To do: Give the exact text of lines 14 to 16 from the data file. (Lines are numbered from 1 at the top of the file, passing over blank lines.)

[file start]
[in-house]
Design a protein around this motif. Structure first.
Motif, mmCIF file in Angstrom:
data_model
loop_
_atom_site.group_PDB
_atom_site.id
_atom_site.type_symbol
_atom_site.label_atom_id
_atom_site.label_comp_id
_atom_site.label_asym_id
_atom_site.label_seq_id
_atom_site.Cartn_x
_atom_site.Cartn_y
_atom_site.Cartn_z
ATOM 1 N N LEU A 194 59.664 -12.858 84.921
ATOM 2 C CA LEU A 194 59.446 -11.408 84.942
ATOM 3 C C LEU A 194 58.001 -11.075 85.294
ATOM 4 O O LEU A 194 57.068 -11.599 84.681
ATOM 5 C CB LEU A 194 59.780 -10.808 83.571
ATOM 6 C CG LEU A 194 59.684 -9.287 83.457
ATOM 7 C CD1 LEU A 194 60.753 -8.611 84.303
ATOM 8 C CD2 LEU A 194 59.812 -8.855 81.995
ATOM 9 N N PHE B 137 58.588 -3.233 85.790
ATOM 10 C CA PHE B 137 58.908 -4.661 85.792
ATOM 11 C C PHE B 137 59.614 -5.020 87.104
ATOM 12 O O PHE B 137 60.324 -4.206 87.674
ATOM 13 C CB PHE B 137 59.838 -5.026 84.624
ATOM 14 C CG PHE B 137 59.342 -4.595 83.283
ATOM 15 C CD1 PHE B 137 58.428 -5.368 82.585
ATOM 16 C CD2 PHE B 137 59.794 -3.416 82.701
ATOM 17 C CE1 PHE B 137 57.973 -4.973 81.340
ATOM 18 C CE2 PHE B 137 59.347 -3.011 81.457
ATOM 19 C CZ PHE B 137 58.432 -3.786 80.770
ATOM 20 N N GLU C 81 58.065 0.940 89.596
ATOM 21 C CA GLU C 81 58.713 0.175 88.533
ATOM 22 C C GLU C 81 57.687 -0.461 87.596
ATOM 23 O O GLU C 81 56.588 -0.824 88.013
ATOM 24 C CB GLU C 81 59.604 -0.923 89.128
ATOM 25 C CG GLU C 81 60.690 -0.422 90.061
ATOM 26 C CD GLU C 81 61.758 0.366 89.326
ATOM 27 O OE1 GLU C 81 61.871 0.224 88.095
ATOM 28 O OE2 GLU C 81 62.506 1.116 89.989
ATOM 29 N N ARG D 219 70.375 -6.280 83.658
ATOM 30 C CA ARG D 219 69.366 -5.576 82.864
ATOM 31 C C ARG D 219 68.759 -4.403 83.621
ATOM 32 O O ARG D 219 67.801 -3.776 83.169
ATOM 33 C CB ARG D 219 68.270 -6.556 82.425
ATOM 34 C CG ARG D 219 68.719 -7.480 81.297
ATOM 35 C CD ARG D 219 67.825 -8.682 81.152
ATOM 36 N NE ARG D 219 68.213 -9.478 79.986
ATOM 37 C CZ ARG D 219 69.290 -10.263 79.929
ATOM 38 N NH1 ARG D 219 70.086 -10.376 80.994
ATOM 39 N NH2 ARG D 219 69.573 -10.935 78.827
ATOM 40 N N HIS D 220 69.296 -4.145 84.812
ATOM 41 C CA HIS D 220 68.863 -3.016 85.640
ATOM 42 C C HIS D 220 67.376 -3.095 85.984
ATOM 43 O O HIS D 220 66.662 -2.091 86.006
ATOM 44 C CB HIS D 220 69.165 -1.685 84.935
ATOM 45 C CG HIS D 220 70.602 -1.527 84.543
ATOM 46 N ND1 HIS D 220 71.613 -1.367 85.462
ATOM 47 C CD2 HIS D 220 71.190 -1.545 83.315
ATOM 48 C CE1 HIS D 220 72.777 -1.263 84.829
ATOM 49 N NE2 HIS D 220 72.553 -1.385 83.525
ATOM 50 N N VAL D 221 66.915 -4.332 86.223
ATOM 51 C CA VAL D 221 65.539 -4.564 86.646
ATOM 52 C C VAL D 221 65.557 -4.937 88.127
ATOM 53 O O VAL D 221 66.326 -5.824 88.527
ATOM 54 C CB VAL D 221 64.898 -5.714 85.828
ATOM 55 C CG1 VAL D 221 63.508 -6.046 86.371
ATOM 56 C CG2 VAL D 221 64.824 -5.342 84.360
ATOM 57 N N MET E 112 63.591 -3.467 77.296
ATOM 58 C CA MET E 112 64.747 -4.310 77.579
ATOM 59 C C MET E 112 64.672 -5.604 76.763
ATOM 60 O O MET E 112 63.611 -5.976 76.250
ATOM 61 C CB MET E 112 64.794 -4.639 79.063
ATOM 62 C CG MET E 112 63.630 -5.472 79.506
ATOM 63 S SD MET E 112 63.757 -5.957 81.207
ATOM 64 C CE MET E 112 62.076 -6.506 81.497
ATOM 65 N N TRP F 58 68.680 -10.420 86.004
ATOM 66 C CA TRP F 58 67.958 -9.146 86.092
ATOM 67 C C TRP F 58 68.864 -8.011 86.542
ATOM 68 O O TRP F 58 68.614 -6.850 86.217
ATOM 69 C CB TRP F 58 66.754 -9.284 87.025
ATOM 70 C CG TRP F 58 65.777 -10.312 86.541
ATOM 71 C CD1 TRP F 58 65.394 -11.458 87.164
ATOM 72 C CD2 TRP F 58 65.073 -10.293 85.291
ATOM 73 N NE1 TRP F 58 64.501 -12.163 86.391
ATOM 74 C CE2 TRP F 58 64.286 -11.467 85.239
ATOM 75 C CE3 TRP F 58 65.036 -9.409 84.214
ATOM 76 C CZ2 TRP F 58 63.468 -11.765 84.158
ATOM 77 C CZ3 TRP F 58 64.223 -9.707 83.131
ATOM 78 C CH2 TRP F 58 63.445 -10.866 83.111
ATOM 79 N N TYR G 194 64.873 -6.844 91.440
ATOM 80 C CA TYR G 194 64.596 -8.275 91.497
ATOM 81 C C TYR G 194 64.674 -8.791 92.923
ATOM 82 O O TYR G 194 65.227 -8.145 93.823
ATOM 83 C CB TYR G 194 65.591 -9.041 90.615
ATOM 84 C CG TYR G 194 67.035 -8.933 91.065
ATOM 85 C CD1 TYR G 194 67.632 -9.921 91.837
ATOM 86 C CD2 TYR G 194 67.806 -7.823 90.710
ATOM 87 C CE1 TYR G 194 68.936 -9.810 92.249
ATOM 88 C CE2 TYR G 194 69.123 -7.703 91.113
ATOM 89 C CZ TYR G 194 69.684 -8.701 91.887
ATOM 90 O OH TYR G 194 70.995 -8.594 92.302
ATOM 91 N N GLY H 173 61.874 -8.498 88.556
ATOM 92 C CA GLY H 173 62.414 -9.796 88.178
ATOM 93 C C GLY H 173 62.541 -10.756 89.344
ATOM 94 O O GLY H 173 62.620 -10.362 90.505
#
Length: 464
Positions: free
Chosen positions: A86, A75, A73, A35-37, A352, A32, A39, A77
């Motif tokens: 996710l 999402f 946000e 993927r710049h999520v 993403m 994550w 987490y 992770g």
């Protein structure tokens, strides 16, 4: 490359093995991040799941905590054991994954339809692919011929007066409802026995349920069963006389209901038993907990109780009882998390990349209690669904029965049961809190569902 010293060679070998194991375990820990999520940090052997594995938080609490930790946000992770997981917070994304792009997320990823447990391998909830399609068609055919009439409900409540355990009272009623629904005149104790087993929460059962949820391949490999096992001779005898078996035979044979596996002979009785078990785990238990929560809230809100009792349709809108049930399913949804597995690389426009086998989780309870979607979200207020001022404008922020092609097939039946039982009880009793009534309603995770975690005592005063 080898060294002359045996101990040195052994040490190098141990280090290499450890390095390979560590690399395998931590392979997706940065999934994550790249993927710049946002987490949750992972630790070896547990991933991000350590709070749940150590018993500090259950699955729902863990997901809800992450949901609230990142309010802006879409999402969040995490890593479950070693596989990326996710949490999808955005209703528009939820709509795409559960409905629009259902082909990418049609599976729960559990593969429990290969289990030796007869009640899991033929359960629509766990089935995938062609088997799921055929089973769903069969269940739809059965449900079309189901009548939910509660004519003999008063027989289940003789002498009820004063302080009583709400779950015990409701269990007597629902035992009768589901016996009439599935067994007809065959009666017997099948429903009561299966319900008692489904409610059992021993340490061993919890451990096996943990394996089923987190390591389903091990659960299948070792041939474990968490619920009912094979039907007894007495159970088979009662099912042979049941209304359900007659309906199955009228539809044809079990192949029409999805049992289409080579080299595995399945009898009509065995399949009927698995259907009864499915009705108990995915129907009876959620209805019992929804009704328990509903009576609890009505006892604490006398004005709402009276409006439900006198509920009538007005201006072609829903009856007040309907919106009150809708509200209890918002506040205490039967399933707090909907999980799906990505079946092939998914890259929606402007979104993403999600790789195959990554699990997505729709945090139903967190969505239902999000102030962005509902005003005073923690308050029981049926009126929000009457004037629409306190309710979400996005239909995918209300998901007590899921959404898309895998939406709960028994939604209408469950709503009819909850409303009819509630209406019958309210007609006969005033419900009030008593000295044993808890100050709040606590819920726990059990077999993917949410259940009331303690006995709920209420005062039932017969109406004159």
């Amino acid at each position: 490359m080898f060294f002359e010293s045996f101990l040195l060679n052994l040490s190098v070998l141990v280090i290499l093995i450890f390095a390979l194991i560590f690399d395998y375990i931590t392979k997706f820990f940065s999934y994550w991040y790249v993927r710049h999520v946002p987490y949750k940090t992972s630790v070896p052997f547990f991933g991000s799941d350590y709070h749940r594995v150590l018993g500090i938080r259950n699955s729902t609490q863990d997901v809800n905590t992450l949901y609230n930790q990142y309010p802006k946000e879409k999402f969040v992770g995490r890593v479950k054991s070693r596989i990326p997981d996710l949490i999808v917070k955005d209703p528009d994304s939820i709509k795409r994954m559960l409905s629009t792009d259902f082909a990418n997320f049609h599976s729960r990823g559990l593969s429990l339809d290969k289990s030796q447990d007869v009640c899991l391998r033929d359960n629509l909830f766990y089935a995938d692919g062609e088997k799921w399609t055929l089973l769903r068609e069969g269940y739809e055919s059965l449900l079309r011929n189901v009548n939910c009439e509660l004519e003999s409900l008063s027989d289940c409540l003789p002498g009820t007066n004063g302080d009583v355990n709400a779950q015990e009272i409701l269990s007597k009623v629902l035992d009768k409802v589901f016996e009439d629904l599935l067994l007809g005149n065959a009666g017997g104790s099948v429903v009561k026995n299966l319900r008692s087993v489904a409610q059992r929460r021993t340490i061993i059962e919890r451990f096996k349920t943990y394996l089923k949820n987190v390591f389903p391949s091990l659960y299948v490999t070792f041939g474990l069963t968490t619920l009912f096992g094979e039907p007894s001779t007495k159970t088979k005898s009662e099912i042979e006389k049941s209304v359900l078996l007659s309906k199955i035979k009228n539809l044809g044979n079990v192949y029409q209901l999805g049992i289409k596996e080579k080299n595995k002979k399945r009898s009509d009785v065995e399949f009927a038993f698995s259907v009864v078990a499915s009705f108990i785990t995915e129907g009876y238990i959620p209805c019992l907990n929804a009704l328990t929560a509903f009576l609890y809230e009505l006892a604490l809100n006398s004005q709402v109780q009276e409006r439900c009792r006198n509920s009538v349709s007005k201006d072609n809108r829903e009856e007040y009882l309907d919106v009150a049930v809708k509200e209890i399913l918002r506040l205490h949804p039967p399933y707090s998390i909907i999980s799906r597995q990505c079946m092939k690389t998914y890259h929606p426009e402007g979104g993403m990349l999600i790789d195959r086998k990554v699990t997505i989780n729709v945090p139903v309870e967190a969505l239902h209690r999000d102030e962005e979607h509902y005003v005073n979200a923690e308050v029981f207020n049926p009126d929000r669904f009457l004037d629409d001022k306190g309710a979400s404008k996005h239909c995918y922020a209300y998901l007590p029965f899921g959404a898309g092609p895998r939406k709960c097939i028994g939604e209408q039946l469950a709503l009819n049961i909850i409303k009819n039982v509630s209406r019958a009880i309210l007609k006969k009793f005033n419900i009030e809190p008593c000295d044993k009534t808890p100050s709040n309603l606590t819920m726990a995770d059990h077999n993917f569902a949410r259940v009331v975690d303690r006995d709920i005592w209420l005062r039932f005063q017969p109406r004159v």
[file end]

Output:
_atom_site.Cartn_y
_atom_site.Cartn_z
ATOM 1 N N LEU A 194 59.664 -12.858 84.921